Minerals And Energy Resources Class 10 NotesClass 10
Minerals And Energy Resources Class 10 Notes provide a comprehensive overview of the various types of minerals and energy resources available in India. The article covers the importance of these resources for the economic development of the country and their usage in different sectors such as industry, transport, and agriculture. It also highlights the need for sustainable and planned utilization of these resources to minimize wastage and maximize their benefits. The article further discusses the different types of minerals and energy resources found in India, their distribution, and the challenges associated with their extraction and usage. Overall, these notes are a valuable resource for students looking to gain a deeper understanding of the importance and utilization of minerals and energy resources in India.
Mineral -Minerals And Energy Resources Class 10 Notes
Geologists identify a mineral as a "homogeneous, naturally occurring substance with a definable internal structure." They use physical and chemical properties to identify it.
Rocks form through combinations or aggregates of minerals in varying proportions. While some rocks consist of a single mineral, such as limestone, most rocks consist of several minerals.
The term ‘ore’ is used to describe an accumulation of any mineral mixed with other elements.
The following forms generally contain minerals
- Minerals can occur in veins and lodes in cracks, faults, or joints of igneous and metamorphic rocks. Veins are smaller occurrences while lodes are larger, and they contain metallic minerals like tin, copper, zinc, and lead.
- Sedimentary rocks contain minerals in beds or layers that form through deposition, accumulation, and concentration in horizontal strata. Some sedimentary minerals like gypsum, potash, and salt are formed through evaporation, especially in arid regions.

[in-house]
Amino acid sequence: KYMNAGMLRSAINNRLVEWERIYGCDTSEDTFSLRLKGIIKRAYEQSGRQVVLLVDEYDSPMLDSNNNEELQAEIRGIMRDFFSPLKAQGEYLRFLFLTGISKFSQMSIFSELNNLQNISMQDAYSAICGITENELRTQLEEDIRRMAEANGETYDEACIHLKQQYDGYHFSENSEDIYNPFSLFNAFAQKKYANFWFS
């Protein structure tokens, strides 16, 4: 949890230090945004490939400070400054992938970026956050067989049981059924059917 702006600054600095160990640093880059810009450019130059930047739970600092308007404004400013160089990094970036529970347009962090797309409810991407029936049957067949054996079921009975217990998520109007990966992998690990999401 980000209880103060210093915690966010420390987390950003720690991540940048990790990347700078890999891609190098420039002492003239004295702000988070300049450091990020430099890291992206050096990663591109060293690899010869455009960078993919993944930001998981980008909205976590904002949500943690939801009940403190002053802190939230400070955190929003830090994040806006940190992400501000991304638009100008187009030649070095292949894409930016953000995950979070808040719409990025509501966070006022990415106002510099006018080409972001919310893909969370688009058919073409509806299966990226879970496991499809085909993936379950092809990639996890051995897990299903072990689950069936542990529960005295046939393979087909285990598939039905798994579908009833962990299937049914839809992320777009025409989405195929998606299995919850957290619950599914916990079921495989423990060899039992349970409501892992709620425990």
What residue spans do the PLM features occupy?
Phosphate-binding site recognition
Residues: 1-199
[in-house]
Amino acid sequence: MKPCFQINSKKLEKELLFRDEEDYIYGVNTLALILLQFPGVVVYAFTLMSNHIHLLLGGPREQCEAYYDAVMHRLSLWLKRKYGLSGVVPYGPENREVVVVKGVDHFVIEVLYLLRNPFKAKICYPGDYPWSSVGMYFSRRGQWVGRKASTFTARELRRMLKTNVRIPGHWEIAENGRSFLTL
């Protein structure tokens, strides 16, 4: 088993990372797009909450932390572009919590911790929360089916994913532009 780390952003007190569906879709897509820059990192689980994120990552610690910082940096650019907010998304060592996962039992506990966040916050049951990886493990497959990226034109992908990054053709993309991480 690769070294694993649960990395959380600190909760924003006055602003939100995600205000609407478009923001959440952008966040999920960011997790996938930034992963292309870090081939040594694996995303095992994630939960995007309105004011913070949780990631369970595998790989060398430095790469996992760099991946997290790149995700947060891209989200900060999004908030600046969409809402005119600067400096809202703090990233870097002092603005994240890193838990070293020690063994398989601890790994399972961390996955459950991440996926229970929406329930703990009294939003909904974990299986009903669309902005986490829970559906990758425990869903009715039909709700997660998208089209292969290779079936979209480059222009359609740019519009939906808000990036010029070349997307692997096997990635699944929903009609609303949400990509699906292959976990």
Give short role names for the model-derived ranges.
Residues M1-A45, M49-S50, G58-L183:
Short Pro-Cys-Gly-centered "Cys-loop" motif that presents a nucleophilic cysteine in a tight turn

- Weathering and decomposition of surface rocks can result in the formation of minerals like bauxite, leaving a residual mass of weathered material containing ores.
- Alluvial deposits in sands of valley floors and the base of hills, known as placer deposits, contain certain minerals like gold, silver, tin, and platinum, which are not corroded by water. Additionally, ocean waters contain vast quantities of minerals like common salt, magnesium, and bromide, while the ocean beds are rich in manganese nodules.
Types of iron ores - Minerals And Energy Resources Class 10 Notes
Magnetite, Hematite, Siderite and Limonite.
- Magnetite has excellent magnetic qualities and is considered the finest iron ore available, with up to 70% iron content. It is particularly valuable in the electrical industry.
- On the other hand, Hematite is the most important industrial iron ore in terms of quantity used, with 50-60% iron content.
Major Iron ore belts
- High-grade hematite ore is found in Badampahar Mines in the Odisha-Jharkhand Belt.
- The Durg-Bastar-Chandrapur Belt contains super high-grade hematite ore deposits in the Bailadila Mines. Iron ore from these mines is exported to Japan and South Korea.
- Kudremukh Mines in the Bellary-Chitradurga-Chikmaglur Tumkur Belt in Karnataka is a 100 percent export unit, and the ore is transported as slurry to a port near Mangalore.